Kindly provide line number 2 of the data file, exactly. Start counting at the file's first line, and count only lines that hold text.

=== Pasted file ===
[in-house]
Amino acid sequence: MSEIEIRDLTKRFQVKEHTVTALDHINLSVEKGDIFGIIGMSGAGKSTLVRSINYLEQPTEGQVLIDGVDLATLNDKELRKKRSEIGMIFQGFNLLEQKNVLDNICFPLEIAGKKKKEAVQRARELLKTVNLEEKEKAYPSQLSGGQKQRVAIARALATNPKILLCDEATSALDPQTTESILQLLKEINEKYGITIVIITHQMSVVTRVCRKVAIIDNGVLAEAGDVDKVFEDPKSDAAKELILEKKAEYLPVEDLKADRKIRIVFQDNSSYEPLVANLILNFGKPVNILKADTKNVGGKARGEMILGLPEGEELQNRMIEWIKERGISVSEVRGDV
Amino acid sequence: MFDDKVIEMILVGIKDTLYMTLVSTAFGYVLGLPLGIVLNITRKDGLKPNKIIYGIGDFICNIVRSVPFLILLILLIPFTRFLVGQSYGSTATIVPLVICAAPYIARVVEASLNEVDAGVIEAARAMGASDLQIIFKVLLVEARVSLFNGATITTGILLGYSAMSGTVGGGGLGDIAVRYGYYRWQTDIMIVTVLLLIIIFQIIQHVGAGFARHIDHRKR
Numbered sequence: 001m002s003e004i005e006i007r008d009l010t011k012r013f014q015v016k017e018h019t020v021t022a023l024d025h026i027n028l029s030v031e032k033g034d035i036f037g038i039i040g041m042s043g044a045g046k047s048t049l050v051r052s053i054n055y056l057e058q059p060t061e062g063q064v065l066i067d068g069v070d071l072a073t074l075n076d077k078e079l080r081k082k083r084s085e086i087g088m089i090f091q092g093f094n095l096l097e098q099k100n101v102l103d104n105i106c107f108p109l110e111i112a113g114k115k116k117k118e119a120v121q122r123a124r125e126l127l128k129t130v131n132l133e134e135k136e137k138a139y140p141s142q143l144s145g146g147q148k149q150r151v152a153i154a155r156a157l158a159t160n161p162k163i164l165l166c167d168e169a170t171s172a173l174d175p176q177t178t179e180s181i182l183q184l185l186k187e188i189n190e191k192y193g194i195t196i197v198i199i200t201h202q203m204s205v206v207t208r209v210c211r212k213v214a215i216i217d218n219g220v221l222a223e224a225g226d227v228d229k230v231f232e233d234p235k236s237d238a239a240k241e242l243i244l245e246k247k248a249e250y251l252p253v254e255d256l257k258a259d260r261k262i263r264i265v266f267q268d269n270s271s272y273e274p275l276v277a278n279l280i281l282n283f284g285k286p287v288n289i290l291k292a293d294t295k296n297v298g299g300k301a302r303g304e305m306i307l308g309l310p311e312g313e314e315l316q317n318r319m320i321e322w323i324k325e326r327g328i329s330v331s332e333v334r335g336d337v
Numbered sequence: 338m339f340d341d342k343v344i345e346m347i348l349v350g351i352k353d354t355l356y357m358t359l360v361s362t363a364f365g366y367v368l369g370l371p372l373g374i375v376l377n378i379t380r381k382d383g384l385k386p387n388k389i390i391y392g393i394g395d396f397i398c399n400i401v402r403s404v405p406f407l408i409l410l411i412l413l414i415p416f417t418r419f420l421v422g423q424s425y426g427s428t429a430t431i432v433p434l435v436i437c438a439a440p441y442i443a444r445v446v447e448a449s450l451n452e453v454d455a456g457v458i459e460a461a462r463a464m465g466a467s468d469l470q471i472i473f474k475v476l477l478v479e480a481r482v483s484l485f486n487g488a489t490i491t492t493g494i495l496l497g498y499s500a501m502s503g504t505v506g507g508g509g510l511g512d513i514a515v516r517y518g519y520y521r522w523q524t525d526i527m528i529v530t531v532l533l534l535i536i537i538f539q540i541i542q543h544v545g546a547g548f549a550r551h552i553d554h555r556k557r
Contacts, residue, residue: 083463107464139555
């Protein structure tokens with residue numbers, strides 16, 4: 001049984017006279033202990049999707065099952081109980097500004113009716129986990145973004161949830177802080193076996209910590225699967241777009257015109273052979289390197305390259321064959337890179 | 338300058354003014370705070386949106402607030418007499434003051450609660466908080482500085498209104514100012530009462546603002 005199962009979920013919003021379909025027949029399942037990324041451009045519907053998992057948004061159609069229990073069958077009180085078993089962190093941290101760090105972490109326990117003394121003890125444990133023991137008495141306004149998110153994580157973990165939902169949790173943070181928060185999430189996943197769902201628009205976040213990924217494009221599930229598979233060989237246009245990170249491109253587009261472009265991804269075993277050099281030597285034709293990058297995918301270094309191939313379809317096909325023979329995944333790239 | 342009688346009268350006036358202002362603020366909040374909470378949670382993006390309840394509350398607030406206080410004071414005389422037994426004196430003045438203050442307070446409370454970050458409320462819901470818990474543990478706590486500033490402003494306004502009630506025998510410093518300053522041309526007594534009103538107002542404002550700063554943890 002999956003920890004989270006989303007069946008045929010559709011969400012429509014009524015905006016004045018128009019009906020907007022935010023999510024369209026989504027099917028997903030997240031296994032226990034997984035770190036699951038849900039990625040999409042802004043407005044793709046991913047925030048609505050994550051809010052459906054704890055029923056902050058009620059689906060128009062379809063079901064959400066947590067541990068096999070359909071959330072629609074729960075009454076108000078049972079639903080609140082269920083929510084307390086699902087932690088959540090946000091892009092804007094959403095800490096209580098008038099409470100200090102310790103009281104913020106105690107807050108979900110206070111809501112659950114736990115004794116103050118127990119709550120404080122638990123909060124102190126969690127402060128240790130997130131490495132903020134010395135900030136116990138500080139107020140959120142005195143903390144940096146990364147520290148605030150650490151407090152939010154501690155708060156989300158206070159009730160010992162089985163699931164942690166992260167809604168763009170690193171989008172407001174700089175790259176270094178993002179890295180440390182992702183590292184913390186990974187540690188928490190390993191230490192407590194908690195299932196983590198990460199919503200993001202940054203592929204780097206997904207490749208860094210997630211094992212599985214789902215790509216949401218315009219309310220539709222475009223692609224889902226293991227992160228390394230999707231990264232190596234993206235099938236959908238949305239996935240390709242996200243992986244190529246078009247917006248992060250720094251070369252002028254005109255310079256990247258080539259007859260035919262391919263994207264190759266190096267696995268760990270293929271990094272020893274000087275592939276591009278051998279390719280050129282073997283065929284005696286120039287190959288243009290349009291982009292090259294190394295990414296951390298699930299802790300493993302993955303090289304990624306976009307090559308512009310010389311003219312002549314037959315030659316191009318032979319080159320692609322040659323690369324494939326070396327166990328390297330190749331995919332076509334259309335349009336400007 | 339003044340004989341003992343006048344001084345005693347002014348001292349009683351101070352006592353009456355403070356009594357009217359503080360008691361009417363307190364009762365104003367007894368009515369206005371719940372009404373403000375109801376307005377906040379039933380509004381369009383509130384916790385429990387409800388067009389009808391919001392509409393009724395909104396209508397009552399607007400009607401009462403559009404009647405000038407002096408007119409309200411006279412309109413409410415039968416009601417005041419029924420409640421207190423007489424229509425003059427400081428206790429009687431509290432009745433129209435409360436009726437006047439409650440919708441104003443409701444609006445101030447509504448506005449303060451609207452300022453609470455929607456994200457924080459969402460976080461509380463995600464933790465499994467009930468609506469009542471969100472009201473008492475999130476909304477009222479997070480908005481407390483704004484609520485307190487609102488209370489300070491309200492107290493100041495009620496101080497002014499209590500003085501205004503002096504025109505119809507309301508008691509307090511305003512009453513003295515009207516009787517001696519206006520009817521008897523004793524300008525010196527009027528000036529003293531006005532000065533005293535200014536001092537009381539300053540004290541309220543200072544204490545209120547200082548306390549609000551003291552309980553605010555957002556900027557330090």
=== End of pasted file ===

Amino acid sequence: MSEIEIRDLTKRFQVKEHTVTALDHINLSVEKGDIFGIIGMSGAGKSTLVRSINYLEQPTEGQVLIDGVDLATLNDKELRKKRSEIGMIFQGFNLLEQKNVLDNICFPLEIAGKKKKEAVQRARELLKTVNLEEKEKAYPSQLSGGQKQRVAIARALATNPKILLCDEATSALDPQTTESILQLLKEINEKYGITIVIITHQMSVVTRVCRKVAIIDNGVLAEAGDVDKVFEDPKSDAAKELILEKKAEYLPVEDLKADRKIRIVFQDNSSYEPLVANLILNFGKPVNILKADTKNVGGKARGEMILGLPEGEELQNRMIEWIKERGISVSEVRGDV